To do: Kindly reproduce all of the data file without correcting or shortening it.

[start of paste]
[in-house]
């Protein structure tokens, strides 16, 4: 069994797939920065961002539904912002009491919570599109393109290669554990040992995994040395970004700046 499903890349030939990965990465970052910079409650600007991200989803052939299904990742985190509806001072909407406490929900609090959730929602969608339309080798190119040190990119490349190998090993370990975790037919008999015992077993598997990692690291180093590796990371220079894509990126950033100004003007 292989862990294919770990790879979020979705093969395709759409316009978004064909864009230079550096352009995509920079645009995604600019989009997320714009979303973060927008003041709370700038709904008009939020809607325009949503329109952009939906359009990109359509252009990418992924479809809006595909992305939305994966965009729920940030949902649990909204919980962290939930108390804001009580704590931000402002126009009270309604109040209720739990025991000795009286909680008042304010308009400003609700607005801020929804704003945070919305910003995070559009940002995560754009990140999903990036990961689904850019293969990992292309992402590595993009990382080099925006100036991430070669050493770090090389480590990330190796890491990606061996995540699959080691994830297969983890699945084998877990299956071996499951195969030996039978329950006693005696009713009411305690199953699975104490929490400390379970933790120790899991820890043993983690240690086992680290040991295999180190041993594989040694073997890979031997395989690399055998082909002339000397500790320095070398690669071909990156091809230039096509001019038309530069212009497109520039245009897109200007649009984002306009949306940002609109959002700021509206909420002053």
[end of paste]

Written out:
[in-house]
């Protein structure tokens, strides 16, 4: 069994797939920065961002539904912002009491919570599109393109290669554990040992995994040395970004700046 499903890349030939990965990465970052910079409650600007991200989803052939299904990742985190509806001072909407406490929900609090959730929602969608339309080798190119040190990119490349190998090993370990975790037919008999015992077993598997990692690291180093590796990371220079894509990126950033100004003007 292989862990294919770990790879979020979705093969395709759409316009978004064909864009230079550096352009995509920079645009995604600019989009997320714009979303973060927008003041709370700038709904008009939020809607325009949503329109952009939906359009990109359509252009990418992924479809809006595909992305939305994966965009729920940030949902649990909204919980962290939930108390804001009580704590931000402002126009009270309604109040209720739990025991000795009286909680008042304010308009400003609700607005801020929804704003945070919305910003995070559009940002995560754009990140999903990036990961689904850019293969990992292309992402590595993009990382080099925006100036991430070669050493770090090389480590990330190796890491990606061996995540699959080691994830297969983890699945084998877990299956071996499951195969030996039978329950006693005696009713009411305690199953699975104490929490400390379970933790120790899991820890043993983690240690086992680290040991295999180190041993594989040694073997890979031997395989690399055998082909002339000397500790320095070398690669071909990156091809230039096509001019038309530069212009497109520039245009897109200007649009984002306009949306940002609109959002700021509206909420002053």